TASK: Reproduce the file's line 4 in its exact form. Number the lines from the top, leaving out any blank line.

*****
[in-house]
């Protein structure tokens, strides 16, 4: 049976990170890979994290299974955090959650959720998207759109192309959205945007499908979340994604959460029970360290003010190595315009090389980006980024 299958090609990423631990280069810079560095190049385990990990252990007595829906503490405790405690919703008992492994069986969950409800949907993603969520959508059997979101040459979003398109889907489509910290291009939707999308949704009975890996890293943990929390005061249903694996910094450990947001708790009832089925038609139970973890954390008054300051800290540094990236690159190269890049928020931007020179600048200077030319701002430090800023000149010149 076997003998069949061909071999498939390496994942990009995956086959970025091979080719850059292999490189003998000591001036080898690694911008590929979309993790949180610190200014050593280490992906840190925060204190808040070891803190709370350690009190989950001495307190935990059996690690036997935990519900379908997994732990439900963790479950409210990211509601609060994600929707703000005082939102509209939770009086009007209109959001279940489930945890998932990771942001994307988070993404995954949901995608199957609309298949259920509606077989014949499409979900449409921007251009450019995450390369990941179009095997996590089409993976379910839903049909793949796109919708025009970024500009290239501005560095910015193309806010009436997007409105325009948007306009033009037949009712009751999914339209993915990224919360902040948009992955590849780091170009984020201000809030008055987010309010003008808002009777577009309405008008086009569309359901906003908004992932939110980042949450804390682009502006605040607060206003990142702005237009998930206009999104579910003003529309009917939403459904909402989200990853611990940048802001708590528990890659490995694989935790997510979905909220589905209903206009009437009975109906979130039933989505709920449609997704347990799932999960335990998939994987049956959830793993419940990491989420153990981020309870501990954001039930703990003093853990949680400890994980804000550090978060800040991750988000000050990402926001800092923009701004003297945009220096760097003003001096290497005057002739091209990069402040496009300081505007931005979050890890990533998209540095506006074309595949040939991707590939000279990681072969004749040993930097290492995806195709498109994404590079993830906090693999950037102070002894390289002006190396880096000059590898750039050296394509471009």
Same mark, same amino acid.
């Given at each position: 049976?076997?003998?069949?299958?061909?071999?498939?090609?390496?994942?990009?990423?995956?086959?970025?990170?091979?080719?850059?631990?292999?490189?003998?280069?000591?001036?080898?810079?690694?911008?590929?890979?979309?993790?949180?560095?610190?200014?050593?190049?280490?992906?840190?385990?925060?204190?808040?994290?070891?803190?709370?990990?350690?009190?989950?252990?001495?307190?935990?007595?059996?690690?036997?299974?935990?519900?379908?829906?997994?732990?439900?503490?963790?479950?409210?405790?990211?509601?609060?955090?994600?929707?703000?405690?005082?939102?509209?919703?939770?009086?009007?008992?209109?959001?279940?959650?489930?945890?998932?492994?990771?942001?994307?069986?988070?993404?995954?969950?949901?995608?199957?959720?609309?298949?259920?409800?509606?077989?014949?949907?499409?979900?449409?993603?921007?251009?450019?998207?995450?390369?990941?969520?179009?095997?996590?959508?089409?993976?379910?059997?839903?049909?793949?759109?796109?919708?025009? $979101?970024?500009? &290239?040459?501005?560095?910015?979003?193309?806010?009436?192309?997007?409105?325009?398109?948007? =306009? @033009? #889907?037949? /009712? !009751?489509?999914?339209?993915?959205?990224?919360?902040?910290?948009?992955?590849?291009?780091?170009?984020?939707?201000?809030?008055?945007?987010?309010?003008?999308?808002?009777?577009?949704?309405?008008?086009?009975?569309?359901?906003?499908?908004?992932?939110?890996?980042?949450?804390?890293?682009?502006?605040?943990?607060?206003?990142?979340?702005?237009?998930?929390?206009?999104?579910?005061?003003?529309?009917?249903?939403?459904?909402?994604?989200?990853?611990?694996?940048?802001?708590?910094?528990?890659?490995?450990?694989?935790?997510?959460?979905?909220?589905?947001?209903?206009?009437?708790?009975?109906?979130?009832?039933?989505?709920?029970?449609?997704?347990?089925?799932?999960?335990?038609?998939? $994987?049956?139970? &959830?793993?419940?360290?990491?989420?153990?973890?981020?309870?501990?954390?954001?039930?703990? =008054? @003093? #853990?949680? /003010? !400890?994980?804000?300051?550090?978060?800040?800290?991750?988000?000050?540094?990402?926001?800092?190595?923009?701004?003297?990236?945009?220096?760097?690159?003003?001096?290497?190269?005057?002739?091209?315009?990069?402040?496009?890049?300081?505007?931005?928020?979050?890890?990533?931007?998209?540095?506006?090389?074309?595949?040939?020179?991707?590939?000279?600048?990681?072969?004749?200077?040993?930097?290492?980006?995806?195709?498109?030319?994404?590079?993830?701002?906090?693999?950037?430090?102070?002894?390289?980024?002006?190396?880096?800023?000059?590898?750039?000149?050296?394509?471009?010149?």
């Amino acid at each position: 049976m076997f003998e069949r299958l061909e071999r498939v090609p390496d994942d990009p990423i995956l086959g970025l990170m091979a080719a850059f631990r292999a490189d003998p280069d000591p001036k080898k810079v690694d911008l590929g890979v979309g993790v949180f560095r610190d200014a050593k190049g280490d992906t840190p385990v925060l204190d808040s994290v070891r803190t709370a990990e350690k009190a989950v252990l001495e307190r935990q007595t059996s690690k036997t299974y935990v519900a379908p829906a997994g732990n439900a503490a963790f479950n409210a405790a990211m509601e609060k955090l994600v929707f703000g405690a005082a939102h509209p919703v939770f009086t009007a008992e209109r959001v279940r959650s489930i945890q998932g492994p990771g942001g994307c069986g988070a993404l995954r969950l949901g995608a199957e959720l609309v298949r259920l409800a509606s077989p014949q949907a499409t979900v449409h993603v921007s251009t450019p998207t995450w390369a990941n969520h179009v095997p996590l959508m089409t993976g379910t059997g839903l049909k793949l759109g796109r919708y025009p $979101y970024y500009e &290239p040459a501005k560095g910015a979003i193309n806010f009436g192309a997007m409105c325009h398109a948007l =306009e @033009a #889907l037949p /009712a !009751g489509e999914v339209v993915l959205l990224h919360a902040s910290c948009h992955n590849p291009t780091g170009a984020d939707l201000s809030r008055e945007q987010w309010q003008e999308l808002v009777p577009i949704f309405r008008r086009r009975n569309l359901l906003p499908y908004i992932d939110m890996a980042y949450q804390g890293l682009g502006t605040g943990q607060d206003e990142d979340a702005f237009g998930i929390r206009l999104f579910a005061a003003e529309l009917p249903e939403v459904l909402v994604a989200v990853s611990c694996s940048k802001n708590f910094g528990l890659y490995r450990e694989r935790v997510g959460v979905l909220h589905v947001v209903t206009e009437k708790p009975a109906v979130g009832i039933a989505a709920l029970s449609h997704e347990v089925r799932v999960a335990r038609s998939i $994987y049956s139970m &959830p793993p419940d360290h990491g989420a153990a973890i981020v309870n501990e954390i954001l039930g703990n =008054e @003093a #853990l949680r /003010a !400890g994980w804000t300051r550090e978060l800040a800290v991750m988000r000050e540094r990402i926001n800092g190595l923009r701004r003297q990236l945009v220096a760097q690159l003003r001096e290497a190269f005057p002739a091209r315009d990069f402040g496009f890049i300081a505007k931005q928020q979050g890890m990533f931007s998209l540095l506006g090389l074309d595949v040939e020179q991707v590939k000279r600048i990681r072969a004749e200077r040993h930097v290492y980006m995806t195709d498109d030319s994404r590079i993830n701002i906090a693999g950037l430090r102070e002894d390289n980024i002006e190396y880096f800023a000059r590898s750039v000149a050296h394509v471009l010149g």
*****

């Given at each position: 049976?076997?003998?069949?299958?061909?071999?498939?090609?390496?994942?990009?990423?995956?086959?970025?990170?091979?080719?850059?631990?292999?490189?003998?280069?000591?001036?080898?810079?690694?911008?590929?890979?979309?993790?949180?560095?610190?200014?050593?190049?280490?992906?840190?385990?925060?204190?808040?994290?070891?803190?709370?990990?350690?009190?989950?252990?001495?307190?935990?007595?059996?690690?036997?299974?935990?519900?379908?829906?997994?732990?439900?503490?963790?479950?409210?405790?990211?509601?609060?955090?994600?929707?703000?405690?005082?939102?509209?919703?939770?009086?009007?008992?209109?959001?279940?959650?489930?945890?998932?492994?990771?942001?994307?069986?988070?993404?995954?969950?949901?995608?199957?959720?609309?298949?259920?409800?509606?077989?014949?949907?499409?979900?449409?993603?921007?251009?450019?998207?995450?390369?990941?969520?179009?095997?996590?959508?089409?993976?379910?059997?839903?049909?793949?759109?796109?919708?025009? $979101?970024?500009? &290239?040459?501005?560095?910015?979003?193309?806010?009436?192309?997007?409105?325009?398109?948007? =306009? @033009? #889907?037949? /009712? !009751?489509?999914?339209?993915?959205?990224?919360?902040?910290?948009?992955?590849?291009?780091?170009?984020?939707?201000?809030?008055?945007?987010?309010?003008?999308?808002?009777?577009?949704?309405?008008?086009?009975?569309?359901?906003?499908?908004?992932?939110?890996?980042?949450?804390?890293?682009?502006?605040?943990?607060?206003?990142?979340?702005?237009?998930?929390?206009?999104?579910?005061?003003?529309?009917?249903?939403?459904?909402?994604?989200?990853?611990?694996?940048?802001?708590?910094?528990?890659?490995?450990?694989?935790?997510?959460?979905?909220?589905?947001?209903?206009?009437?708790?009975?109906?979130?009832?039933?989505?709920?029970?449609?997704?347990?089925?799932?999960?335990?038609?998939? $994987?049956?139970? &959830?793993?419940?360290?990491?989420?153990?973890?981020?309870?501990?954390?954001?039930?703990? =008054? @003093? #853990?949680? /003010? !400890?994980?804000?300051?550090?978060?800040?800290?991750?988000?000050?540094?990402?926001?800092?190595?923009?701004?003297?990236?945009?220096?760097?690159?003003?001096?290497?190269?005057?002739?091209?315009?990069?402040?496009?890049?300081?505007?931005?928020?979050?890890?990533?931007?998209?540095?506006?090389?074309?595949?040939?020179?991707?590939?000279?600048?990681?072969?004749?200077?040993?930097?290492?980006?995806?195709?498109?030319?994404?590079?993830?701002?906090?693999?950037?430090?102070?002894?390289?980024?002006?190396?880096?800023?000059?590898?750039?000149?050296?394509?471009?010149?």